Other methods for instilling bacteria into the lungs of mice have also been employed in infectious disease research. However, compared to intranasal instillation these methods tend to require more technical expertise and/or expensive equipment without eliminating the potential for infection initiation at multiple sites (e.g., aerosol [URT and LRT]; transoral [digestive tract and LRT]; and surgical intratracheal [LRT and blood stream]). Given the potential complications that could be associated with secondary sites of infection, we sought to develop an intratracheal approach which bypasses the URT and delivers pathogen directly into the lungs of anesthetized mice, but also limits inadvertent inoculation into the blood stream or GI tract. Towards this end, intubation-mediated intratracheal (IMIT) instillation was developed as a nonsurgical procedure which guarantees LRT instillation of inoculum by including an intermediate step to verify proper catheter placement prior to instillation. This method is described using dye instillation to visually demonstrate broad distribution of the inoculum throughout the lung, and P. aeruginosa instillation to demonstrate the highly efficacious delivery (>98% of the inoculum) of this method to the lung. Importantly, while originally developed for bacterial delivery, IMIT also offers an effective tool for: i) instillation of various molecules for the study of other respiratory disease models, ii) lung-specific therapeutic delivery, and iii) basic lung function studies, including targeted siRNA delivery to the lung.
NOTE: All of the procedures described here were reviewed and approved by the University of Louisville Institutional Biosafety Committee (protocol # 13-056) and Institutional Animal Care and Use Committee (protocol # 13-064).
1. Preparation of Dye
- Dilute 0.1% (w/v) Coomassie Brilliant Blue in PBS and filter sterilize using a 0.45 µM syringe filter.
2. Preparation of Pseudomonas aeruginosa Culture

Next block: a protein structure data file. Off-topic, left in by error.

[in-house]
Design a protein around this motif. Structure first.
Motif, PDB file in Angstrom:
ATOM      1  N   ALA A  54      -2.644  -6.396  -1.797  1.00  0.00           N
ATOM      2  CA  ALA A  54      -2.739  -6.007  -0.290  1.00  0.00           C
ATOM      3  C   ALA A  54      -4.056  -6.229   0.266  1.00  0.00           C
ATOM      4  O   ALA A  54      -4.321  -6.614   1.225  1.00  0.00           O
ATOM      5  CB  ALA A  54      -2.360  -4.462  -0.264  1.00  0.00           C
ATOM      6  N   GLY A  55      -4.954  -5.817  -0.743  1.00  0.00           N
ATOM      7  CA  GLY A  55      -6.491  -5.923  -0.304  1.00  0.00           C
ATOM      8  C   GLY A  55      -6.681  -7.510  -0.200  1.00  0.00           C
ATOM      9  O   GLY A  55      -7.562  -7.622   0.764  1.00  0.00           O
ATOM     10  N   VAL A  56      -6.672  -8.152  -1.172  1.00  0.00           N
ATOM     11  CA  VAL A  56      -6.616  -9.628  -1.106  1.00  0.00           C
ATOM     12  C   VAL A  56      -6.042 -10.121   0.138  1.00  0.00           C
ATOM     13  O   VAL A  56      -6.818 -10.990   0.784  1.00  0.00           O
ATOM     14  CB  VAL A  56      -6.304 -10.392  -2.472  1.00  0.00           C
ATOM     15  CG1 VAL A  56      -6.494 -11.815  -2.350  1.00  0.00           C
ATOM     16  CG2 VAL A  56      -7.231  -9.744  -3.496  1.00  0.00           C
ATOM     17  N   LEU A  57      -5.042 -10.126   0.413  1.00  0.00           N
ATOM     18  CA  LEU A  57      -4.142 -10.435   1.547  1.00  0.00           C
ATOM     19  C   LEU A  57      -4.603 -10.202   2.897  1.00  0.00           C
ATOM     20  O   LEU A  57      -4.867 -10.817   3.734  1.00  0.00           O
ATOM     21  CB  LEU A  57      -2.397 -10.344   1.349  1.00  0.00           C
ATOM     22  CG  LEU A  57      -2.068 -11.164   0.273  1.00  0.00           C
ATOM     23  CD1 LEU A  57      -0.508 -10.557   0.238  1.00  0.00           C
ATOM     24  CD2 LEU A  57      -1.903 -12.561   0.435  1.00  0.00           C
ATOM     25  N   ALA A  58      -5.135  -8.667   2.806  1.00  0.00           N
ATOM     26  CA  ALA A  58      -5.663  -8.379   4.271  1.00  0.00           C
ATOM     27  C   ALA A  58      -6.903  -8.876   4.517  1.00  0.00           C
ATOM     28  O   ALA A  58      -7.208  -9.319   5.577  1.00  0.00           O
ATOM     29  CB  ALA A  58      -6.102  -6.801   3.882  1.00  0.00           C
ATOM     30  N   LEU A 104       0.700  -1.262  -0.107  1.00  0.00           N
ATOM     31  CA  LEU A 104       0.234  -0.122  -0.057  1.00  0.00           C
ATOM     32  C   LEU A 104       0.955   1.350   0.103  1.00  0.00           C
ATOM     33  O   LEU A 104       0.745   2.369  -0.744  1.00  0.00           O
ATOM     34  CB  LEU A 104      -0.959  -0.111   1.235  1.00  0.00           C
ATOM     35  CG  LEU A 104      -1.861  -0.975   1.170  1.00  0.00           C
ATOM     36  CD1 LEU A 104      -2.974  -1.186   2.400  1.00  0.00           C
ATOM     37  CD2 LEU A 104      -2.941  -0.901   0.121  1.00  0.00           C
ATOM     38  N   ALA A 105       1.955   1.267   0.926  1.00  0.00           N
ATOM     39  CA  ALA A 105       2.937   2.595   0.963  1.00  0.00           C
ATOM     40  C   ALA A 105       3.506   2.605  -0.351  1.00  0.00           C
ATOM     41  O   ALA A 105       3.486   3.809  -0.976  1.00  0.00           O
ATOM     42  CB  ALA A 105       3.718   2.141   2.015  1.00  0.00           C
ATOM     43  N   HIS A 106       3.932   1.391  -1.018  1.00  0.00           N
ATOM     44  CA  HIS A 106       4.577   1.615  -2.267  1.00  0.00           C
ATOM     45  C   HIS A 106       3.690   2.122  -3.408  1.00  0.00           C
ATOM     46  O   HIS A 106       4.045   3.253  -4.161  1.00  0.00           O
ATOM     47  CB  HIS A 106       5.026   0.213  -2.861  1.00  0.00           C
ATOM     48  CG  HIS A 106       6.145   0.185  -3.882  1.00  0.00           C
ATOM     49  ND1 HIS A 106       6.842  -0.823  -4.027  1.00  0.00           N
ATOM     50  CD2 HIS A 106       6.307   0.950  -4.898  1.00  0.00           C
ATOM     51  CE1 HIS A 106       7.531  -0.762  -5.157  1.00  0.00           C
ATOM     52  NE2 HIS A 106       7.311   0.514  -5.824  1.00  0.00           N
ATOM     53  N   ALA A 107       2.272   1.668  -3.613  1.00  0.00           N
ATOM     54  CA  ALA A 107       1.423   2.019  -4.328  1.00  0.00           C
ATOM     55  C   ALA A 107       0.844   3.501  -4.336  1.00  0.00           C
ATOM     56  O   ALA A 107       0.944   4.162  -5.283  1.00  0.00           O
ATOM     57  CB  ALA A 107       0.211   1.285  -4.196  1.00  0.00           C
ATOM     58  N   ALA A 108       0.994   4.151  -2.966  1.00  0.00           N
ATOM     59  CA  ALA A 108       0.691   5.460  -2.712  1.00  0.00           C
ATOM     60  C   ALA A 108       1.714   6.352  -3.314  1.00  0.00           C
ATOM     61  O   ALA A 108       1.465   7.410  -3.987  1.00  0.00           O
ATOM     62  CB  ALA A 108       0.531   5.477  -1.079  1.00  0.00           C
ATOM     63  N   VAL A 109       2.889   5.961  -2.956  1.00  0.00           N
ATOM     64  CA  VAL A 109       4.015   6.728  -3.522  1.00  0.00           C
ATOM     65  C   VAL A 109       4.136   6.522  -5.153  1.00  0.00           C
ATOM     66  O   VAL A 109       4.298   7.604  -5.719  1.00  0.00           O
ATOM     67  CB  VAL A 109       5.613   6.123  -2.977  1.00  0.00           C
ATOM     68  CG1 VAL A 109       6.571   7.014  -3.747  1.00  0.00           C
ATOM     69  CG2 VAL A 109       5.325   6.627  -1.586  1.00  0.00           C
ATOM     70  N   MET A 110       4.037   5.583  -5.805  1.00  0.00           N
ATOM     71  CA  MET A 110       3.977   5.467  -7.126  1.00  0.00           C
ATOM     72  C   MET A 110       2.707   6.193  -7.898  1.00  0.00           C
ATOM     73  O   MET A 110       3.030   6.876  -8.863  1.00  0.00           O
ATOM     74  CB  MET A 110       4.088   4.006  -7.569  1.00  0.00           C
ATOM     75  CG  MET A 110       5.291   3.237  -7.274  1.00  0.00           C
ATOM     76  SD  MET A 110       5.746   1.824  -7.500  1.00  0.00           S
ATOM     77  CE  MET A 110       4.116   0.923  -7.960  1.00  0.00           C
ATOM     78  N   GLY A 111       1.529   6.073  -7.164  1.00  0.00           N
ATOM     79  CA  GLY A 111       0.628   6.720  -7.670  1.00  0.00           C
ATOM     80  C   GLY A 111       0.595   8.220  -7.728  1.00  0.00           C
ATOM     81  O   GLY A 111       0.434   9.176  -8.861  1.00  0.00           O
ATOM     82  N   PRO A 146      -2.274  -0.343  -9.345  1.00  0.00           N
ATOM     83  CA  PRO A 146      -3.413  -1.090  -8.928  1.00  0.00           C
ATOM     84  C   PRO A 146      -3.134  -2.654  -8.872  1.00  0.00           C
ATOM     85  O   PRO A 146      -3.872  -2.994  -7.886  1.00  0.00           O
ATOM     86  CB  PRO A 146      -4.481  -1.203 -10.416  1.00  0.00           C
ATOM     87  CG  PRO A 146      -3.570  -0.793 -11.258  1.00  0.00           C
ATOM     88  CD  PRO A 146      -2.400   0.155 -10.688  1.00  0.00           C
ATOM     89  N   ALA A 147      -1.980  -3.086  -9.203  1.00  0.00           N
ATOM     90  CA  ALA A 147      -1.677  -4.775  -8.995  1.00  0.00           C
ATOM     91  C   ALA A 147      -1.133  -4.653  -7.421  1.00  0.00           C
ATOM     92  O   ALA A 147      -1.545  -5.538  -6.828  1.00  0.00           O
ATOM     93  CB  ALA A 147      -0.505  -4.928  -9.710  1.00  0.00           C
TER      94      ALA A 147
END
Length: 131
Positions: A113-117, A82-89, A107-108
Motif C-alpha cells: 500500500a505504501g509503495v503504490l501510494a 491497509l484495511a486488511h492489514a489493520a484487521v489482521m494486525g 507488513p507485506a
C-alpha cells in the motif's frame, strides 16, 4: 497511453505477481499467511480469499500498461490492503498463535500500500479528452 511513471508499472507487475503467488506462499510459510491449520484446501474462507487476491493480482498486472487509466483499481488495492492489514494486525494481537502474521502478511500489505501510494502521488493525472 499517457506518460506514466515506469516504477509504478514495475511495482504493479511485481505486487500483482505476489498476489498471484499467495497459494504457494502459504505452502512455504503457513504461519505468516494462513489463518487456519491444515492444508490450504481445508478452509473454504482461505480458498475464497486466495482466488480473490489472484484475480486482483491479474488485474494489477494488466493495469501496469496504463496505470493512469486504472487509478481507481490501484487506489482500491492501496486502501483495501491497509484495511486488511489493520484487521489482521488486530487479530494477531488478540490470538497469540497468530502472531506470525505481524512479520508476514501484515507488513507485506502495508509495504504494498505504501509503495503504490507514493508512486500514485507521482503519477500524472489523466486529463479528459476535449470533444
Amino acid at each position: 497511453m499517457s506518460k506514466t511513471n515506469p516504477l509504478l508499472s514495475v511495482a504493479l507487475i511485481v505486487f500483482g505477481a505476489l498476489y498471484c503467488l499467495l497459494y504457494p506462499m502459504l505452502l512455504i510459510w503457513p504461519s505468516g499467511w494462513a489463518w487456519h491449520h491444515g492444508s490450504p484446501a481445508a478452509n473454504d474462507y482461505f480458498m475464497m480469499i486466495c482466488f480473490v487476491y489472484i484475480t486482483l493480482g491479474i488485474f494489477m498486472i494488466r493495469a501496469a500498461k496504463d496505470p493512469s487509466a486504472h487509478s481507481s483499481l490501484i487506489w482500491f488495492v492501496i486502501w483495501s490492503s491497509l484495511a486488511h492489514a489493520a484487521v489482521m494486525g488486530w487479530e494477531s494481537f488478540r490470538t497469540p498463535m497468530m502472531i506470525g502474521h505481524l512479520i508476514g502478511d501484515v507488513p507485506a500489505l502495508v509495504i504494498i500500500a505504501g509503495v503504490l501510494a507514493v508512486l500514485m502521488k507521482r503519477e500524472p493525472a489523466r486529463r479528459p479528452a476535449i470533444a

- 15 hrs before instillation, inoculate 3 ml of broth culture with a single bacterial colony.
- Grow the culture 15 hr at 37 °C on a shaker (200 rpm).
- Centrifuge 1 ml of culture in a 1.5 ml microfuge tube 12,000 x g for 30 sec.
- Remove the medium and resuspend the pellet in 1ml of PBS.
- Dilute an aliquot of the bacterial stock suspension 1:10 in PBS and measure the OD600 of the diluted bacterial suspension to determine the bacterial concentration.
- Dilute the bacterial stock suspension in PBS to the desired concentration of bacterial inoculum, using a delivery volume of 50 µl for IMIT inoculation.
3. IMIT Instillation
- Place a group of mice into isoflurane anesthesia induction chamber and anesthetize using a 2 - 3% isoflurane/oxygen mixture.
- At the initial onset of sedation, scruff the mouse, holding the mouse upright, and administer 10 µl of a 2% lidocaine solution by gavage needle to the back of the throat and allow the solution to drain down to the epiglottis. Return the mouse to the anesthesia chamber.
- Allow a minimum of 5 min to permit the lidocaine to take full effect as a local anesthetic.
- When mice have achieved desired level of sedation (breathing rate of ~60 bpm), reduce the isoflurane to 2% to maintain sedation.
- Preload dye or bacterial inoculum into a 250 µl gas-tight precision syringe fit with a 22 G long blunt needle.
- First draw up 150 µl of air, measured by the Teflon plunger of the syringe. Next, draw up 50 µl of inoculum by advancing the Teflon plunger from the 150 µl mark to the 200 µl mark on the syringe body.
NOTE: When the sample is ejected into an intubated mouse, the 50 µl suspension will be delivered first, followed by a 150 µl air cushion which will distribute the inoculum throughout the lung.
- First draw up 150 µl of air, measured by the Teflon plunger of the syringe. Next, draw up 50 µl of inoculum by advancing the Teflon plunger from the 150 µl mark to the 200 µl mark on the syringe body.
- Remove one mouse from the induction chamber and lay supine on an intubation platform. Secure the mouse to the platform by hooking its incisors with an O-ring attached to Velcro strip, and securing the Velcro to the platform. Raise the mouse to a 45° incline.
- Using a micro cotton applicator, retract the tongue with a rolling motion, using the dominant hand.
- With the nondominant hand, use an operating otoscope fit with an intubation specula to both maintain tongue retraction and visualize the glottis.
- With the dominant hand, use a guide wire threaded through a 20 G catheter to intubate the mouse, seating the catheter to a 10 mm depth into the mouse trachea (catheter is fit with a silicon sleeve with 10 mm of exposed catheter). Remove the otoscope/specula.